Another part of the problem has been the decreasing cost of food, paired with rising incomes. “In the United States, the share of average household income spent on food fell from 42% in 1900 to 30% in 1950 and to 13.5% in 2003,” the report notes, per NPR. Compare that to some of the world’s poorest developing nations, where it is not uncommon for families to spend 40% or more of their income on food, and you can see that part of our problem is, ironically, our wealth.

The estimated annual medical cost of obesity in the U.S. alone was $147 billion in 2008, and the medical costs for people who are obese were $1,429 higher than those of normal weight, the CDC found. Yet the McKinsey study has found that the global price tag for obesity is even higher, estimating that obesity costs the world more than $2 trillion every year, roughly the same economic impact as smoking or an armed conflict, according to the report.

Much of that $2 trillion goes to treatments for diseases related to obesity, such as Type 2 diabetes, but a lot of it also amounts to “productivity costs.” Dobbs points out that people who are obese often work less, and need to take more time off because they are sick; they also usually suffer from shortened lifespans.

Obesity is responsible for around 5% of global deaths, and “the global economic impact from obesity is roughly $2 trillion, or 2.8% of global GDP, roughly equivalent to the global impact of smoking or armed violence, war, and terrorism.” According to WHO, about 3.4 million adults die every year because they are overweight or obese.

Interestingly, with improving healthcare systems, many people who are overweight or obese are living longer lives. The catch though, is that they are costing health care systems more, and their overall quality of life is significantly reduced, as obese individuals tend to get sick more often, and are prone to a number of diseases linked to their weight.

A multi-layered solution

Perhaps unsurprisingly given the complexity of the problem, the McKinsey study found that “no single solution creates sufficient impact to reverse obesity: Only a comprehensive, systemic program of multiple interventions is likely to be effective.” The study evaluated some 74 different possible measures to combat obesity in 18 different areas. Among them are interventions such as portion control for packaged and fast foods, changing up physical education curricula in schools, and overhauling urban transportation systems to encourage bicycling and discourage cars. The McKinsey Institute notes that interventions which go beyond relying on individual willpower are especially necessary.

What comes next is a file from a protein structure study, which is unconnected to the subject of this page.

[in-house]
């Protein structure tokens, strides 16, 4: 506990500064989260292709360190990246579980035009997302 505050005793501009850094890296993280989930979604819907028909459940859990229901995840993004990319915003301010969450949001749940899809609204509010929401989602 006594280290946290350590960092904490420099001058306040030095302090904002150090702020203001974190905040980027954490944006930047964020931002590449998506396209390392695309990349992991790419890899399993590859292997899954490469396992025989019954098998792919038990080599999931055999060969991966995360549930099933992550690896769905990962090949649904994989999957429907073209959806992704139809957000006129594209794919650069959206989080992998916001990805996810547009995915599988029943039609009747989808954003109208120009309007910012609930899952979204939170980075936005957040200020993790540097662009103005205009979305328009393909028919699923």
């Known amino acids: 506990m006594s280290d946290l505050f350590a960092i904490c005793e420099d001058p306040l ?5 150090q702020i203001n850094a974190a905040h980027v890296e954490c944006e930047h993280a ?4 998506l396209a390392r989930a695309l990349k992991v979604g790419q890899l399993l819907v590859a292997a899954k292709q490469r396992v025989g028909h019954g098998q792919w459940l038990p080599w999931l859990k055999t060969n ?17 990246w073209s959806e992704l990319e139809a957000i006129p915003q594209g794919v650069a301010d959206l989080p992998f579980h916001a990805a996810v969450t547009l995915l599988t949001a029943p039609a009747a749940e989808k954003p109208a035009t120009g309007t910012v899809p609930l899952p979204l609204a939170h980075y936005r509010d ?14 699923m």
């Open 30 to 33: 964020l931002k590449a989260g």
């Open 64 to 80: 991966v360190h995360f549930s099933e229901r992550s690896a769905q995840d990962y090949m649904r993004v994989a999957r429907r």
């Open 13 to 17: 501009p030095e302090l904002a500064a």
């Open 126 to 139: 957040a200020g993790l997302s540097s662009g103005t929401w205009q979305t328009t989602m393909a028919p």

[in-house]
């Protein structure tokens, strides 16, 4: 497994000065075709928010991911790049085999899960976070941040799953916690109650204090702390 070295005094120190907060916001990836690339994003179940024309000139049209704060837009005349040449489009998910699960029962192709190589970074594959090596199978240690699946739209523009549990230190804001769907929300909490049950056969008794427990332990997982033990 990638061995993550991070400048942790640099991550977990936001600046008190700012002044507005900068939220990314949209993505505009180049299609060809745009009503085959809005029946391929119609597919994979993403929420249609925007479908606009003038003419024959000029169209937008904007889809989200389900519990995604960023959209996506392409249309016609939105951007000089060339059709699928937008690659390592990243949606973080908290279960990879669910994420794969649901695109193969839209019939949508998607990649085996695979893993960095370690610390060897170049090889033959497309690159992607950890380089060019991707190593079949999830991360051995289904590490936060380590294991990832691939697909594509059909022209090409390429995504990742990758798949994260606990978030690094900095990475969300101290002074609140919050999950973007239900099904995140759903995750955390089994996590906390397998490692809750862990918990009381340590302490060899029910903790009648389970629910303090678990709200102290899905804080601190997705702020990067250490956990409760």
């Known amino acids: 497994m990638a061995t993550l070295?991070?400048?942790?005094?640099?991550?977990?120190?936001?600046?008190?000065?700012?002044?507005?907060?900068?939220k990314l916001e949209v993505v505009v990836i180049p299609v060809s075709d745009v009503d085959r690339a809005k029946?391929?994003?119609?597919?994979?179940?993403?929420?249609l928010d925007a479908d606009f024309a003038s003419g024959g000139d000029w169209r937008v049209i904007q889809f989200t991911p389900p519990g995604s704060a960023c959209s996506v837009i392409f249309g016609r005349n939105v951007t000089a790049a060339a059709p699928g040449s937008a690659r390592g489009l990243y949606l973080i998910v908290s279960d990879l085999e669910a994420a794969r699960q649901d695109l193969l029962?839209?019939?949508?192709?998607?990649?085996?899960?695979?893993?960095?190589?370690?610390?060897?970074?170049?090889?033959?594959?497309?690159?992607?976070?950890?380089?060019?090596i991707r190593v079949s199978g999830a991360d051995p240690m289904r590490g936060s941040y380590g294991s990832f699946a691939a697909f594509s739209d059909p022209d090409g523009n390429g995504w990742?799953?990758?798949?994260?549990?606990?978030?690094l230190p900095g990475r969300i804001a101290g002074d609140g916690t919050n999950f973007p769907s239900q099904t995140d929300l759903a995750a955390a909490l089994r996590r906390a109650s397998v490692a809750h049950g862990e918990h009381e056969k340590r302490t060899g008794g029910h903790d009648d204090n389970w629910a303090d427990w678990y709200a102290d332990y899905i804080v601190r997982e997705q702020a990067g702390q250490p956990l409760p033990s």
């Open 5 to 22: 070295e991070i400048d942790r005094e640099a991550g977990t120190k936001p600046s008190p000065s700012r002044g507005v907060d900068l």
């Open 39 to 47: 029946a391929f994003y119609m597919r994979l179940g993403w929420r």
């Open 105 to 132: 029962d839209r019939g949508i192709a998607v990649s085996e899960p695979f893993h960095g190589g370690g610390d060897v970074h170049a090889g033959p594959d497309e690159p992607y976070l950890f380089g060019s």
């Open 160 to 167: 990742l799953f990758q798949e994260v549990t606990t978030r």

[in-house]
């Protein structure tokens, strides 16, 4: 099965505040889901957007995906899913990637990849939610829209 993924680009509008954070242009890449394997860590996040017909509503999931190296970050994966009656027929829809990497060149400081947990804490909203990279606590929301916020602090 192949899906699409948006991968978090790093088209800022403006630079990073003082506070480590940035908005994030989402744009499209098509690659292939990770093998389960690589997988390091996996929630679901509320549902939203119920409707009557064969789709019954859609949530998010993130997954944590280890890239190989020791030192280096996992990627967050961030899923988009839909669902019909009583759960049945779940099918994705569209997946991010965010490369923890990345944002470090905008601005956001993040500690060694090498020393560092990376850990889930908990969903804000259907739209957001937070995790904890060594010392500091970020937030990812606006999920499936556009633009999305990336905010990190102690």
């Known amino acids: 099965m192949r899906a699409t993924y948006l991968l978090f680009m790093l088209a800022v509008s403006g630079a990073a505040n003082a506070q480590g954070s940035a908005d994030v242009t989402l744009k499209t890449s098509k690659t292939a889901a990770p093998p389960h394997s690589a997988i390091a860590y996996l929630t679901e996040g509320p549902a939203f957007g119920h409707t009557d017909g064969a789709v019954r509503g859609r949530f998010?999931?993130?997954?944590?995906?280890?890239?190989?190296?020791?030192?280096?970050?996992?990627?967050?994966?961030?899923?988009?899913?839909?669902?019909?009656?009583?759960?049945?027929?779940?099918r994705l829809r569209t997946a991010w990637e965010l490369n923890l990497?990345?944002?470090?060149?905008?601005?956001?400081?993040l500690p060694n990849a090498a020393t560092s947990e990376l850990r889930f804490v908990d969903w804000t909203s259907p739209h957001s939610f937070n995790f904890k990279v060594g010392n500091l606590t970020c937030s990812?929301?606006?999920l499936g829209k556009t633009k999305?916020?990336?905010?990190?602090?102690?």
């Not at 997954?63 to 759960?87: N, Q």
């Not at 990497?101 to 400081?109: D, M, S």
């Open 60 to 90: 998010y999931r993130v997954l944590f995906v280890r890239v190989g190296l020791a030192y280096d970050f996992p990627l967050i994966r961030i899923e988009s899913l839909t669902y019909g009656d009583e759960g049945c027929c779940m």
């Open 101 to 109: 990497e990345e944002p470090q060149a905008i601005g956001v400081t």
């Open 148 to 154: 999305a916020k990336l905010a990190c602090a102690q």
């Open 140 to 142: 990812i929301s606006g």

Portion control, weight management programs, and parental education were among the most effective and least costly interventions studied, according to the McKinsey Institute.

Dobbs says that an effective program to combat obesity would likely need to be “a combination of top-down corporate and government interventions, together with bottom-up community led ones,” though the study’s authors caution that the effort is akin to “the maps of 16th century navigators,” noting that there is still much to be learned and “filled in” on the road map to combatting obesity. The study advocates “trial and error” as the best method to discovering a long-term solution for what is quickly becoming one of the world’s most devastating health conditions.